Despite months of rumors to the contrary, it now appears that Apple is not launching a TV service this year.
And for Apple fans, that's great news.
The reasons are simple - it means that above all, Apple still stands for amazing technology, beautiful design and intuitive products. It means the company isn't tempted to rush into the TV business just because it wants to be a media company. It means Apple will only get into TV when it can revolutionize it.
Apple is a consumer technology company first. In fact, it's the most successful consumer technology company in history. Apple sells hardware, and the company has become quite good at.
As it happens the company sells music too, but it is not a music company. It sells apps, games, books, magazines and spreadsheet programs too but that doesn't make Apple a gaming or publishing company either.
Apple realized years ago that a good way to differentiate its hardware was with services. These services are usually priced well and give their hardware consumers good value. But they exist to sell hardware, not because Apple wants to be in the spreadsheet business.
Look what Apple did with music: iTunes broke the album bundle and allowed consumers to buy individual songs for the first time. Apple made it easy and inexpensive to stock your iPod with music you loved. iTunes gave consumers a reason to choose Apple's iPod (and eventually the iPhone) so the other, more complicated music players quickly faded away.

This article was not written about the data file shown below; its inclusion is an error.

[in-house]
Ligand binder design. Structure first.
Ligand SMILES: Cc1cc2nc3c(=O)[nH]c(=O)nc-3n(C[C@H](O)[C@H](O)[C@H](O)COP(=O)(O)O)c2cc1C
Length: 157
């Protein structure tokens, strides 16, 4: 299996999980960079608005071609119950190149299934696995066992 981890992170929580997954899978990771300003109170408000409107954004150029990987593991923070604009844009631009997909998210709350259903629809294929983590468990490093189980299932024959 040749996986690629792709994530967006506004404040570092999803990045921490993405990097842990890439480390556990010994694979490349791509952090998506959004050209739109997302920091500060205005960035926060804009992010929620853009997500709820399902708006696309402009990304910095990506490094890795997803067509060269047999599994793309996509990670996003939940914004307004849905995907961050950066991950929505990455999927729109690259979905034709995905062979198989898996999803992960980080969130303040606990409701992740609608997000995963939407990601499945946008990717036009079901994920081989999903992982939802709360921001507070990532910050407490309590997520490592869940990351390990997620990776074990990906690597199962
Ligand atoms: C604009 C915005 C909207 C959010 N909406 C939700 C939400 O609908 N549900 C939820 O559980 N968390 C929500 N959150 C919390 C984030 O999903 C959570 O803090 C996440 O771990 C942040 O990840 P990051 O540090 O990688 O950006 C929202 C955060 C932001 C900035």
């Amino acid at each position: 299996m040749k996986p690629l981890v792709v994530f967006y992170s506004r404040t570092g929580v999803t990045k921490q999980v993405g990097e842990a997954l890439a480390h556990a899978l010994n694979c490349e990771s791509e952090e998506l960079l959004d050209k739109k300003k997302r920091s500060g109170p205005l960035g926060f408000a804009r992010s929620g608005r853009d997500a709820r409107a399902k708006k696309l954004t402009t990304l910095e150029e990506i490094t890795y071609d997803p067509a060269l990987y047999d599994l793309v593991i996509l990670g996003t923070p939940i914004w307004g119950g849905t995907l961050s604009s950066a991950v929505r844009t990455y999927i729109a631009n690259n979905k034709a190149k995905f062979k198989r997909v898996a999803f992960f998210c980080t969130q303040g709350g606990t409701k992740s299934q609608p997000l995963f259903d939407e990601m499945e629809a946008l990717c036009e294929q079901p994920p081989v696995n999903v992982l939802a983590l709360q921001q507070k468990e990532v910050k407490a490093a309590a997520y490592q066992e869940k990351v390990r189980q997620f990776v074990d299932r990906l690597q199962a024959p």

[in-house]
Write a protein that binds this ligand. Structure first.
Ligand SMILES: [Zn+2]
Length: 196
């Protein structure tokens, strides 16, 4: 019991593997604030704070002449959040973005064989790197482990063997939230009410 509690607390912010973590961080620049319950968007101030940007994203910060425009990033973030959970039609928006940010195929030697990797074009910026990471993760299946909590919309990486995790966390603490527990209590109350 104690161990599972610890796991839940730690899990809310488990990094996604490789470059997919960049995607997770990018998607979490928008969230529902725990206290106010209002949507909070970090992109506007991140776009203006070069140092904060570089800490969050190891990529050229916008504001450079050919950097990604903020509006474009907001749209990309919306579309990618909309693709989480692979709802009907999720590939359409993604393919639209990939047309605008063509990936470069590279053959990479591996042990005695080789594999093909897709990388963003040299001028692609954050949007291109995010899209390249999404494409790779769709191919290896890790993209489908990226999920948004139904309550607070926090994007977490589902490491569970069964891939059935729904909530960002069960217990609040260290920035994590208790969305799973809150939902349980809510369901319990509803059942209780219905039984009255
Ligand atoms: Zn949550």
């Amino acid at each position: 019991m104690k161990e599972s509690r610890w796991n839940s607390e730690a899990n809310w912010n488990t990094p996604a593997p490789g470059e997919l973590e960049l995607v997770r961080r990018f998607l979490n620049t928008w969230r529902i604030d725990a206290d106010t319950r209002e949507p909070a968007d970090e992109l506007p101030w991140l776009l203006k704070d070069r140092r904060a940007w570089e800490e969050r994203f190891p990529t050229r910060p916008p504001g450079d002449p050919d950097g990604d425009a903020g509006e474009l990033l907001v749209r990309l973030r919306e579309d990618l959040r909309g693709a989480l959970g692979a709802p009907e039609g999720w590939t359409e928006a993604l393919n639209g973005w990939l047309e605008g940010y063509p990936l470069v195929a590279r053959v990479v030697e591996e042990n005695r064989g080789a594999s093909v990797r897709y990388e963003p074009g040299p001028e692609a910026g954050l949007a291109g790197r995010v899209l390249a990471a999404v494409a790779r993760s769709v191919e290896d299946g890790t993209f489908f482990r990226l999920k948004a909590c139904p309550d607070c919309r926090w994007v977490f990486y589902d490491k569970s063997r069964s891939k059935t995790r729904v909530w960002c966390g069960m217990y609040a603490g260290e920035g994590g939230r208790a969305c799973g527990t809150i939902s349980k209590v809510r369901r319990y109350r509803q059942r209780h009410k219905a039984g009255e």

Apple TV could use that kind of help. It's been outsold in the US by Roku for the past three years and is being challenged by Amazon's Fire TV.
If Apple comes out with a program service that breaks the TV bundle and provides consumers with easy and inexpensive ways to watch their favorite shows, it will be a winner and Apple TVs will fly off the shelves.
If Apple launches a TV package that looks a lot like Dish's Sling TV or Sony's Playstation Vue, or has an odd selection of channels or a high price tag, some Apple TV owners may give it a shot, but it won't help hardware sales much. And that's not good for the company or for fans with high expectations.
TV deals are complicated and not at all consumer-friendly. Undoing decades of contracts and tradition to create a better experience for viewers will take time if it's possible at all, so it's no surprise Apple is moving slowly.
Let them take their time. If they can revolutionize TV, that'll be awesome. If not, we'll just have to be happy with a new iPhone every year or two.
Photo credit: Nial Kennedy